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"Keep Calm and Follow Jesus" "Keep Calm and Follow Jesus"

Keep Calm and Follow Jesus
Keep Calm and Follow Jesus
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"Keep Calm and Follow Jesus"

Posted on Tue, Jun 28, 2016

Luke 9:51-62

June 26, 2016

 

6th Sunday after Pentecost

Gospel Text: Luke 9:51-62

 

A Samaritan Village Refuses to Receive Jesus

51 When the days drew near for him to be taken up, he set his face to go to Jerusalem.  52 And he sent messengers ahead of him.  On their way they entered a village of the Samaritans to make ready for him; 53 but they did not receive him, because his face was set towards Jerusalem.  54 When his disciples James and John saw it, they said, ‘Lord, do you want us to command fire to come down from heaven and consume them?’  55 But he turned and rebuked them.  56 Then they went on to another village. 

Would-Be Followers of Jesus

57 As they were going along the road, someone said to him, ‘I will follow you wherever you go.’  58 And Jesus said to him, ‘Foxes have holes, and birds of the air have nests; but the Son of Man has nowhere to lay his head.’  59 To another he said, ‘Follow me.’  But he said, ‘Lord, first let me go and bury my father.’  60 But Jesus said to him, ‘Let the dead bury their own dead; but as for you, go and proclaim the kingdom of God.’  61 Another said, ‘I will follow you, Lord; but let me first say farewell to those at my home.’  62 Jesus said to him, ‘No one who puts a hand to the plough and looks back is fit for the kingdom of God.’

 

 

How often do you think Jesus made his disciples uncomfortable, or even angry?  How often does the Gospel make some people uncomfortable or even angry?  The first verse in today’s Gospel sets the theological framework for Jesus’ entire ministry, plus, it is one main text for theologians to describe the “Theology of the Cross.” 

 

“51 When the days drew near for him to be taken up, he set his face to go to Jerusalem.”  What ‘days’ are drawing near?  What does it mean for Jesus to be ‘taken up?’ and what does it mean that Jesus has ‘set’ his face to go to Jerusalem.  Do you remember the story about the “Transfiguration?”  Jesus takes his main disciples up the mountain and while they are there the disciples see Jesus standing with Elijah and Moses and they are talking about Jesus’ “DEPARTURE.”  Jesus will fulfill all the prophesies about the Messiah by obediently going to Jerusalem, and be lifted up, taken up, onto the cross.  Jesus has now turned the corner, and now it is time for them to leave the familiar northern villages of Israel, and go to Jerusalem according to God’s plan, and give up his life for the sake of our forgiveness and salvation.  All of this is contained in that little, yet wonderful phrase, “When the days drew near for him to be taken up, he set his face to go to Jerusalem.” 

 

As he began his journey south towards Jerusalem, his disciples went on ahead to announce to a Samaritan town that Jesus the “Great Jewish Rabbi” was coming.  The Samaritans and Jews didn't like each other; Even though they worshiped the same God, they had differing views on where Abraham was about to sacrifice Isaac, and where it was appropriate to offer sacrifice and prayers.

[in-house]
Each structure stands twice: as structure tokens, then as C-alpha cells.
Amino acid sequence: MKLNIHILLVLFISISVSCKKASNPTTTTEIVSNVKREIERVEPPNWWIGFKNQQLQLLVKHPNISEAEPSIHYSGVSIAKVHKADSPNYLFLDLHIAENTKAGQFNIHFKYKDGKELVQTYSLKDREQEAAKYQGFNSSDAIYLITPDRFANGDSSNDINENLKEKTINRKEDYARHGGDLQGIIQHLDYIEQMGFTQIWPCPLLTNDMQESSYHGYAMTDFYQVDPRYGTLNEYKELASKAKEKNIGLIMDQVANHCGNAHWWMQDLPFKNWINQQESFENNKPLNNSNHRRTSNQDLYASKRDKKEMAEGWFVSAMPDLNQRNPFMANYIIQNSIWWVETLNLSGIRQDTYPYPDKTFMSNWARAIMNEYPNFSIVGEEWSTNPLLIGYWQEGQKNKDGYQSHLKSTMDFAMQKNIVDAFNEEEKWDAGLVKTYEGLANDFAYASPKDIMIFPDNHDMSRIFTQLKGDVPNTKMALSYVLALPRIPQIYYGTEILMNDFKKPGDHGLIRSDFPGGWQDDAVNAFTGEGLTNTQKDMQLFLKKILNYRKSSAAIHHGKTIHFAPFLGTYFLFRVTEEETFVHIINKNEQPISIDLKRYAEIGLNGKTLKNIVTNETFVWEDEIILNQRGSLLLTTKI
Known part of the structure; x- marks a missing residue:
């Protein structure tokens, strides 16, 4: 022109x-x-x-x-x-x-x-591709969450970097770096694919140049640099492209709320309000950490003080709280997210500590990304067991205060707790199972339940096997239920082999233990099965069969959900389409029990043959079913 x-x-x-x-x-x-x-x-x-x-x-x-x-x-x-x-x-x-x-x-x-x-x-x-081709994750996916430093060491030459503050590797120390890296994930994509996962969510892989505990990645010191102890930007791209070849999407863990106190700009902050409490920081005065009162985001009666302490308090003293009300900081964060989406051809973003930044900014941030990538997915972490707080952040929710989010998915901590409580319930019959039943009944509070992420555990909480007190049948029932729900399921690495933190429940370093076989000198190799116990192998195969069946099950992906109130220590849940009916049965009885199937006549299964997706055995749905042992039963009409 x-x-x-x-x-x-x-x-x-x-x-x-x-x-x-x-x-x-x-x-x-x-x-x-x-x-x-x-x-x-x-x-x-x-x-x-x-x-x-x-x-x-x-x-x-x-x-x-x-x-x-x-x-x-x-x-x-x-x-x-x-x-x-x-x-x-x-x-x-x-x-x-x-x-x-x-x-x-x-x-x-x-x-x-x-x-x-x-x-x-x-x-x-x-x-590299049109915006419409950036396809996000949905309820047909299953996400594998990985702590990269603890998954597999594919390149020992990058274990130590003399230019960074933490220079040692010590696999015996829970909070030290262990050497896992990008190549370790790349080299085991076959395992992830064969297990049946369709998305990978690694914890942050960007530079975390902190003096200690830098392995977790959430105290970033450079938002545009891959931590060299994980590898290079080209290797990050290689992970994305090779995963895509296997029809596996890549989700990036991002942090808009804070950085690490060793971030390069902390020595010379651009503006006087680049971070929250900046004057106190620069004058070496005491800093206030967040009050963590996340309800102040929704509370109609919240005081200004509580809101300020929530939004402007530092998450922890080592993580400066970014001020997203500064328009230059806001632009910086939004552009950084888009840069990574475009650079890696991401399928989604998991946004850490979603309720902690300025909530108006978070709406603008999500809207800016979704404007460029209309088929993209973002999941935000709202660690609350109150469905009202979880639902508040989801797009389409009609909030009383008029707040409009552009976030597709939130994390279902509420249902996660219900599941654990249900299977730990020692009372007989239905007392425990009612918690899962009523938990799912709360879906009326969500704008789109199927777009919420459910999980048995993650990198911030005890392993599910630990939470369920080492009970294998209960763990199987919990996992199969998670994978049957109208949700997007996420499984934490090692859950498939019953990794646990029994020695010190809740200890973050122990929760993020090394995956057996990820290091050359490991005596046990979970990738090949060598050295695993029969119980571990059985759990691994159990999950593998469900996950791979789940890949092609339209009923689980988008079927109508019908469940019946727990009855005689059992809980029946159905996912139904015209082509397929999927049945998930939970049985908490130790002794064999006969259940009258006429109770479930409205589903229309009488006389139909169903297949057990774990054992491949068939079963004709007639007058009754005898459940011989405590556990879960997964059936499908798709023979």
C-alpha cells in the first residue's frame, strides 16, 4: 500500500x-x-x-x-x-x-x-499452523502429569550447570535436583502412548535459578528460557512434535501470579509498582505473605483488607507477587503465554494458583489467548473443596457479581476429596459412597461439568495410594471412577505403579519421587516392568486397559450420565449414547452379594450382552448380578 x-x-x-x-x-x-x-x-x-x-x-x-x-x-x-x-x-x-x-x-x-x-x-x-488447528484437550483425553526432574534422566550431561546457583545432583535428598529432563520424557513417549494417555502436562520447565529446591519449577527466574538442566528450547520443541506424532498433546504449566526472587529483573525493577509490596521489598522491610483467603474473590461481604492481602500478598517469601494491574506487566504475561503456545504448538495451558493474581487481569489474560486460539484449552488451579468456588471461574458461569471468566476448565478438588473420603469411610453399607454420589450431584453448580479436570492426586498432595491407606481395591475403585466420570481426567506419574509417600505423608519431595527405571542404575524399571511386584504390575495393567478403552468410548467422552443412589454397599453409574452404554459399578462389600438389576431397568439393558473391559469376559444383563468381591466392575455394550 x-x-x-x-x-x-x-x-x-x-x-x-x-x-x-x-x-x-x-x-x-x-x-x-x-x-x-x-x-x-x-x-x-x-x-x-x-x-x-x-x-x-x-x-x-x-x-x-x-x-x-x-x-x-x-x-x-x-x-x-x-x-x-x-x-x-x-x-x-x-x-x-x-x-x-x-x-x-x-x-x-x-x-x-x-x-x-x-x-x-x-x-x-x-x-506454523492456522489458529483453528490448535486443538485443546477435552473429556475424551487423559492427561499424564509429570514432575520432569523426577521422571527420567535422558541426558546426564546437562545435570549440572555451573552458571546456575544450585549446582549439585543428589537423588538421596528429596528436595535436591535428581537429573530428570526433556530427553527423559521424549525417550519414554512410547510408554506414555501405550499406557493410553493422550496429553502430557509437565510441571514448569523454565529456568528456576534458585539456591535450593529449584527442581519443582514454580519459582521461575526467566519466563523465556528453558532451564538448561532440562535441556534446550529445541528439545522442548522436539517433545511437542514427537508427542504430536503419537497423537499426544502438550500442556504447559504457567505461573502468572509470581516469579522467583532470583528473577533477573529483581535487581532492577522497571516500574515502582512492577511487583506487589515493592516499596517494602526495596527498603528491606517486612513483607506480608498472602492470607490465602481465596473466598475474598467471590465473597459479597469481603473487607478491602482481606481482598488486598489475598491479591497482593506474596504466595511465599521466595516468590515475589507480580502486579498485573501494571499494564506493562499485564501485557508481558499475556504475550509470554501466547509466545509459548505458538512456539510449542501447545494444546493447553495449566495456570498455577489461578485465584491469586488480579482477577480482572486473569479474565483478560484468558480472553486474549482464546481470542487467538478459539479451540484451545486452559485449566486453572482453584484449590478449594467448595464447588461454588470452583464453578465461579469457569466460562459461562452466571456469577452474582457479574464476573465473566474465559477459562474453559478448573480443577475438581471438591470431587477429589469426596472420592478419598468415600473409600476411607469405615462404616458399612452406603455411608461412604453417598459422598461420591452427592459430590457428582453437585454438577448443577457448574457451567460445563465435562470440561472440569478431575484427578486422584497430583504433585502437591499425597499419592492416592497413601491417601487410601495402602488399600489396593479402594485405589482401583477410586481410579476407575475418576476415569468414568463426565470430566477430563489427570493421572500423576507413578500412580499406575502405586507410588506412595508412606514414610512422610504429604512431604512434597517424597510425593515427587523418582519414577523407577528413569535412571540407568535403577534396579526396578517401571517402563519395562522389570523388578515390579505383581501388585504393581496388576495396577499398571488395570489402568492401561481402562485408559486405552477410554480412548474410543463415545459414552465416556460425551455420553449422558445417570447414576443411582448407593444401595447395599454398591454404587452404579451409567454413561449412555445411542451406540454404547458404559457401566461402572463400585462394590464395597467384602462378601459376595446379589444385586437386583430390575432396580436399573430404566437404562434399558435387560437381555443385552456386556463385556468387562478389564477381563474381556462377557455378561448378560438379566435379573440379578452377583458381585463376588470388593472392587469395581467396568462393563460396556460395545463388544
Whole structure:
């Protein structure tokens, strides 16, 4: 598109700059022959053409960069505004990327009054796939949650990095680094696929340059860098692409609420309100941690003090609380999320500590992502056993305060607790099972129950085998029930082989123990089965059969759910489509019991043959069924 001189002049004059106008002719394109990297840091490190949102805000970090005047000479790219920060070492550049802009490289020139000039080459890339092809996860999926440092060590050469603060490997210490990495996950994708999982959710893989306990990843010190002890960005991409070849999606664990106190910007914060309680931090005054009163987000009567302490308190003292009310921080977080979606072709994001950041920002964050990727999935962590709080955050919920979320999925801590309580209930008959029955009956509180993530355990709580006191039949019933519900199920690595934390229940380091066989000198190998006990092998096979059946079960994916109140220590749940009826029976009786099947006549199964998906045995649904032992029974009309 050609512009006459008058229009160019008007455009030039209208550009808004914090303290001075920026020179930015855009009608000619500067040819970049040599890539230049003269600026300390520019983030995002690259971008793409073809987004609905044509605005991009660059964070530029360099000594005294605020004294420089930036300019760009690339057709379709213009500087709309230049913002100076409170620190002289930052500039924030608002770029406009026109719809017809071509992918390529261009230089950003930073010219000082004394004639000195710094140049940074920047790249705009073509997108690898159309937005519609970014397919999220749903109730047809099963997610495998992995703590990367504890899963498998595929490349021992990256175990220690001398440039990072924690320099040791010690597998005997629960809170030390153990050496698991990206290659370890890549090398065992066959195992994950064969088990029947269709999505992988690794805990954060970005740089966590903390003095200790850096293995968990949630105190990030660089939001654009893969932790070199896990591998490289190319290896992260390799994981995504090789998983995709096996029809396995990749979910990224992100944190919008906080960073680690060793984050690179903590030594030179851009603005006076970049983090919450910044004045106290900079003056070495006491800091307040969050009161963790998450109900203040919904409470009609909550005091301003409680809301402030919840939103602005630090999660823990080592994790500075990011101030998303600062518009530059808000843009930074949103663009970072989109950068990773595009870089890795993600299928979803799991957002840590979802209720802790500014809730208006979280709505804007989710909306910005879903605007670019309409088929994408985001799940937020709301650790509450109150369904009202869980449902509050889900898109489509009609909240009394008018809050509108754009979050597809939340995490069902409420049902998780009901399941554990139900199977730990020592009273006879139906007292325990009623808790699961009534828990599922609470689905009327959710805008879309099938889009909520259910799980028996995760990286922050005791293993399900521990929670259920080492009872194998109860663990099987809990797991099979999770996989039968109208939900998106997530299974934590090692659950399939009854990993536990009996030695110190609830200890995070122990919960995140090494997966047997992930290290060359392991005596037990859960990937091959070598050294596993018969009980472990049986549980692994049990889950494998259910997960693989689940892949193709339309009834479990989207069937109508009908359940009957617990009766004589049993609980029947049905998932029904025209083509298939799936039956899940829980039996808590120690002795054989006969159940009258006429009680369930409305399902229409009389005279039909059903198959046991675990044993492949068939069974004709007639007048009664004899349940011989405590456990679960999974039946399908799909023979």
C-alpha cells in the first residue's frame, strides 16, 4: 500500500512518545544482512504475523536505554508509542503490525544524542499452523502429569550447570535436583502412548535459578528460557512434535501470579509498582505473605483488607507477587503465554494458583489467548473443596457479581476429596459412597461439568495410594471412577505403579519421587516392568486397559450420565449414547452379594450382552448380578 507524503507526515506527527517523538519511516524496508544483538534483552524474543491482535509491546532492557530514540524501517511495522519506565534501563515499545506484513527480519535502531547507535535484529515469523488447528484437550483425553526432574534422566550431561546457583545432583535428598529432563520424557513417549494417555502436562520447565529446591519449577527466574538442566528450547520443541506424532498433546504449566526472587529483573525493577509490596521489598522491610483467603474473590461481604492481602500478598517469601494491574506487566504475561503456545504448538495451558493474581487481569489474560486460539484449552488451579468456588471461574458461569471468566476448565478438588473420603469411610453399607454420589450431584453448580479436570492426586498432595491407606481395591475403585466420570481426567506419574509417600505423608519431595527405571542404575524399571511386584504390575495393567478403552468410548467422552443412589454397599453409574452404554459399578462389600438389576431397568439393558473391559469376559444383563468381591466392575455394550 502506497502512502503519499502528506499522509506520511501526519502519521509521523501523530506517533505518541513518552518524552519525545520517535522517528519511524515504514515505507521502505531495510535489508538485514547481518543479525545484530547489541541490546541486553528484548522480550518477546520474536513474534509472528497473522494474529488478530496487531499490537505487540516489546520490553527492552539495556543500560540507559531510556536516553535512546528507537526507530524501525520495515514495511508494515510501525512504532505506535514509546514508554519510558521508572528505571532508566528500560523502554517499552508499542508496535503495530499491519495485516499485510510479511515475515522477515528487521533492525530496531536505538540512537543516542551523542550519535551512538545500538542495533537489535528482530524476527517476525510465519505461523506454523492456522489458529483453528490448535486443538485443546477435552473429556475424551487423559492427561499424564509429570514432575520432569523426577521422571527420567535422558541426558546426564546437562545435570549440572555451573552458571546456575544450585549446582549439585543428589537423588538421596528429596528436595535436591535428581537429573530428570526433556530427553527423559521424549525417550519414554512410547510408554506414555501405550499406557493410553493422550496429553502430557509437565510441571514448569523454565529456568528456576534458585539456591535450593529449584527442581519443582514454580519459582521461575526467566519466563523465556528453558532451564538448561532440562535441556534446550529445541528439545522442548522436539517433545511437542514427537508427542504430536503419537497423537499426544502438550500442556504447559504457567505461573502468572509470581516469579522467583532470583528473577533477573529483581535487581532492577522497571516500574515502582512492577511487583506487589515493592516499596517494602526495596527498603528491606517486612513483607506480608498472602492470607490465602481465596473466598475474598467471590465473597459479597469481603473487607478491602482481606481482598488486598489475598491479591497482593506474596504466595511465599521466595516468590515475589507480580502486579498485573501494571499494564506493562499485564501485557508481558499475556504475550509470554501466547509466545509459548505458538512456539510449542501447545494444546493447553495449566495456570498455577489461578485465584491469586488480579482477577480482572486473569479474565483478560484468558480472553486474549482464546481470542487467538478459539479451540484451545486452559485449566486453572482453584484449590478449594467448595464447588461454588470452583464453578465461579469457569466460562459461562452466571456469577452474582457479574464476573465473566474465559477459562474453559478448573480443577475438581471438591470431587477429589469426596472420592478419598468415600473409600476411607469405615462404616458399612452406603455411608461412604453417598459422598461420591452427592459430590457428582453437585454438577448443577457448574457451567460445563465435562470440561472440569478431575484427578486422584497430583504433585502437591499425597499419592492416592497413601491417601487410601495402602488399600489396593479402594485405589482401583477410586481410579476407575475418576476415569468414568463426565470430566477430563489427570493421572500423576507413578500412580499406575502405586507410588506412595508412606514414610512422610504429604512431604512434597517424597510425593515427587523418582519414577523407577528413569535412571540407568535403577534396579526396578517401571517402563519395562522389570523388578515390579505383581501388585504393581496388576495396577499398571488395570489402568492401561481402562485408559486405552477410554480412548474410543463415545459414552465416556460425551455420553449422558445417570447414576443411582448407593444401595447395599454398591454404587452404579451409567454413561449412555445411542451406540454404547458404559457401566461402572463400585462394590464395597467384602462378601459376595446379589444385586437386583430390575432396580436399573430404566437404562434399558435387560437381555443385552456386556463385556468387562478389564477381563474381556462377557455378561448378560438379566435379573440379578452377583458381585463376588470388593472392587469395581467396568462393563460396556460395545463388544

The Jews INSISTED that Abraham took Isaac to the top of Mt. Moriah, which is where the present Temple Mount is located, and the Samaritans INSISTED that Abraham took Isaac to the top of Mt. Gerizim.

 

The Jews INSISTED that the ONLY valid place to make your offerings was at the Temple David built in Jerusalem… the Samaritans INSISTED that the only place for offering sacrifice was on Mt. Gerizim.

 

This was not the first example of denominational conflict… or the last.

 

The Samaritans were not impressed with Jesus and just blew him and his disciples off, even upon the announcement that the famous rabbi was coming to town.  They didn’t welcome Jesus so the disciples felt pretty insulted!  However, Jesus didn’t seem to mind.  The disciples must have been reading too many stories about Ezekiel calling upon God to devour the altar of Baal … Some of the disciples seemed to have amazing religious visions of grandeur and asked Jesus, ‘Lord, do you want us to command fire to come down from heaven and consume them?’

 

Do you realize how stupid this must have sounded to Jesus?  After teaching, preaching and doing so many acts of mercy and forgiveness, to Jew, Gentile AND Samaritan alike?  Just because they were ‘snubbed’ by the Samaritans, which the disciples should have expected, the disciples wanted to incinerate the Samaritans!  Remember the story about the woman at the well?  She was a Samaritan.  And in order to teach the example of proper servant-hood and hospitality, Jesus chose a “Good” Samaritan.  Had they not learned anything while they followed Jesus all this time?

 

The story moves on with Jesus meeting some ‘would-be’ followers.  As they were going along the road, someone said to him, ‘I will follow you wherever you go.’  And Jesus said to him, ‘Foxes have holes, and birds of the air have nests; but the Son of Man has nowhere to lay his head.’  Does Jesus’ reply sound strange?  What is he talking about?  What is Luke trying to teach us about the fact that the God has become human and ‘dwelt among us?’  Jesus’ words are full of irony.